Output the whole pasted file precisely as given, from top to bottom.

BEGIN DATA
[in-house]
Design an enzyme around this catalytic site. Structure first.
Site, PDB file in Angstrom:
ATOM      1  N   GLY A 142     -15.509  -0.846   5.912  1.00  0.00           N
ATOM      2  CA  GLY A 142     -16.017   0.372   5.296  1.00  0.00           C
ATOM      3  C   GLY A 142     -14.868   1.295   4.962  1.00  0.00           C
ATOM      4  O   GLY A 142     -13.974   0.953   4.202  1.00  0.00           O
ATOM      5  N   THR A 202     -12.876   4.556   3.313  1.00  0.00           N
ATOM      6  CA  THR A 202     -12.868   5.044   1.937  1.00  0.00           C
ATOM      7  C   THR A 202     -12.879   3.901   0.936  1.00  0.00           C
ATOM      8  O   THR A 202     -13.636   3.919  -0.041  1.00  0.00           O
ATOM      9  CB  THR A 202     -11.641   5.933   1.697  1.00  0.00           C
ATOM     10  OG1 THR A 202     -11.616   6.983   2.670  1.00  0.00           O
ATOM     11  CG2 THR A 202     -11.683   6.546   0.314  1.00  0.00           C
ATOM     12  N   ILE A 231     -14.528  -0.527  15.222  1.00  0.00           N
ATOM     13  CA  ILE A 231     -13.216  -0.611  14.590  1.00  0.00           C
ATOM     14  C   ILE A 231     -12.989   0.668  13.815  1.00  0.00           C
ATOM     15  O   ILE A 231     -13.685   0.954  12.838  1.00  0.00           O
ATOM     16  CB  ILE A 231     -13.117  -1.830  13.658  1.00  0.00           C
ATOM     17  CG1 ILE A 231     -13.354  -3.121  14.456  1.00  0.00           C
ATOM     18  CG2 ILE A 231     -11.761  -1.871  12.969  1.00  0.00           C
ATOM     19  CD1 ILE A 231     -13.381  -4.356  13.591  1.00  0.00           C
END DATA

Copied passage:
[in-house]
Design an enzyme around this catalytic site. Structure first.
Site, PDB file in Angstrom:
ATOM      1  N   GLY A 142     -15.509  -0.846   5.912  1.00  0.00           N
ATOM      2  CA  GLY A 142     -16.017   0.372   5.296  1.00  0.00           C
ATOM      3  C   GLY A 142     -14.868   1.295   4.962  1.00  0.00           C
ATOM      4  O   GLY A 142     -13.974   0.953   4.202  1.00  0.00           O
ATOM      5  N   THR A 202     -12.876   4.556   3.313  1.00  0.00           N
ATOM      6  CA  THR A 202     -12.868   5.044   1.937  1.00  0.00           C
ATOM      7  C   THR A 202     -12.879   3.901   0.936  1.00  0.00           C
ATOM      8  O   THR A 202     -13.636   3.919  -0.041  1.00  0.00           O
ATOM      9  CB  THR A 202     -11.641   5.933   1.697  1.00  0.00           C
ATOM     10  OG1 THR A 202     -11.616   6.983   2.670  1.00  0.00           O
ATOM     11  CG2 THR A 202     -11.683   6.546   0.314  1.00  0.00           C
ATOM     12  N   ILE A 231     -14.528  -0.527  15.222  1.00  0.00           N
ATOM     13  CA  ILE A 231     -13.216  -0.611  14.590  1.00  0.00           C
ATOM     14  C   ILE A 231     -12.989   0.668  13.815  1.00  0.00           C
ATOM     15  O   ILE A 231     -13.685   0.954  12.838  1.00  0.00           O
ATOM     16  CB  ILE A 231     -13.117  -1.830  13.658  1.00  0.00           C
ATOM     17  CG1 ILE A 231     -13.354  -3.121  14.456  1.00  0.00           C
ATOM     18  CG2 ILE A 231     -11.761  -1.871  12.969  1.00  0.00           C
ATOM     19  CD1 ILE A 231     -13.381  -4.356  13.591  1.00  0.00           C